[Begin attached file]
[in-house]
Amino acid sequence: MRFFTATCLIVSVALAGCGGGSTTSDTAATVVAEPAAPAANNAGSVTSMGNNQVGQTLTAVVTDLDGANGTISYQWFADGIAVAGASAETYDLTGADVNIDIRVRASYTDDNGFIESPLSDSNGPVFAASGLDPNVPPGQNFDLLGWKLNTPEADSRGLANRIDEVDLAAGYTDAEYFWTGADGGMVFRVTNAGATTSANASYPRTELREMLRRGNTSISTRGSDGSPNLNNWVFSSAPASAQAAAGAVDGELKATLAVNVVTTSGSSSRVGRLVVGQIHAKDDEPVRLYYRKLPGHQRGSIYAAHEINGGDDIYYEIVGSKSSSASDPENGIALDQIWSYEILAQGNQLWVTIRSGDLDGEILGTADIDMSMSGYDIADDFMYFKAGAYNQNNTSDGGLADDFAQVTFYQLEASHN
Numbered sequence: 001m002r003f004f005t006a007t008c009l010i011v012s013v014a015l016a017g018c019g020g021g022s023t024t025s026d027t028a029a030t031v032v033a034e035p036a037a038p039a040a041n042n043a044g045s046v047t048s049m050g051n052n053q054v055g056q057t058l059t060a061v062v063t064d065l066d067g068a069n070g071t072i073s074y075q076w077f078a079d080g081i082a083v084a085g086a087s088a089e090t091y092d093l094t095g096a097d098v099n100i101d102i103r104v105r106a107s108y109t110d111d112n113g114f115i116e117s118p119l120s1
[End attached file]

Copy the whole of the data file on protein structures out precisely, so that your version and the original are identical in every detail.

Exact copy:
[in-house]
Amino acid sequence: MRFFTATCLIVSVALAGCGGGSTTSDTAATVVAEPAAPAANNAGSVTSMGNNQVGQTLTAVVTDLDGANGTISYQWFADGIAVAGASAETYDLTGADVNIDIRVRASYTDDNGFIESPLSDSNGPVFAASGLDPNVPPGQNFDLLGWKLNTPEADSRGLANRIDEVDLAAGYTDAEYFWTGADGGMVFRVTNAGATTSANASYPRTELREMLRRGNTSISTRGSDGSPNLNNWVFSSAPASAQAAAGAVDGELKATLAVNVVTTSGSSSRVGRLVVGQIHAKDDEPVRLYYRKLPGHQRGSIYAAHEINGGDDIYYEIVGSKSSSASDPENGIALDQIWSYEILAQGNQLWVTIRSGDLDGEILGTADIDMSMSGYDIADDFMYFKAGAYNQNNTSDGGLADDFAQVTFYQLEASHN
Numbered sequence: 001m002r003f004f005t006a007t008c009l010i011v012s013v014a015l016a017g018c019g020g021g022s023t024t025s026d027t028a029a030t031v032v033a034e035p036a037a038p039a040a041n042n043a044g045s046v047t048s049m050g051n052n053q054v055g056q057t058l059t060a061v062v063t064d065l066d067g068a069n070g071t072i073s074y075q076w077f078a079d080g081i082a083v084a085g086a087s088a089e090t091y092d093l094t095g096a097d098v099n100i101d102i103r104v105r106a107s108y109t110d111d112n113g114f115i116e117s118p119l120s1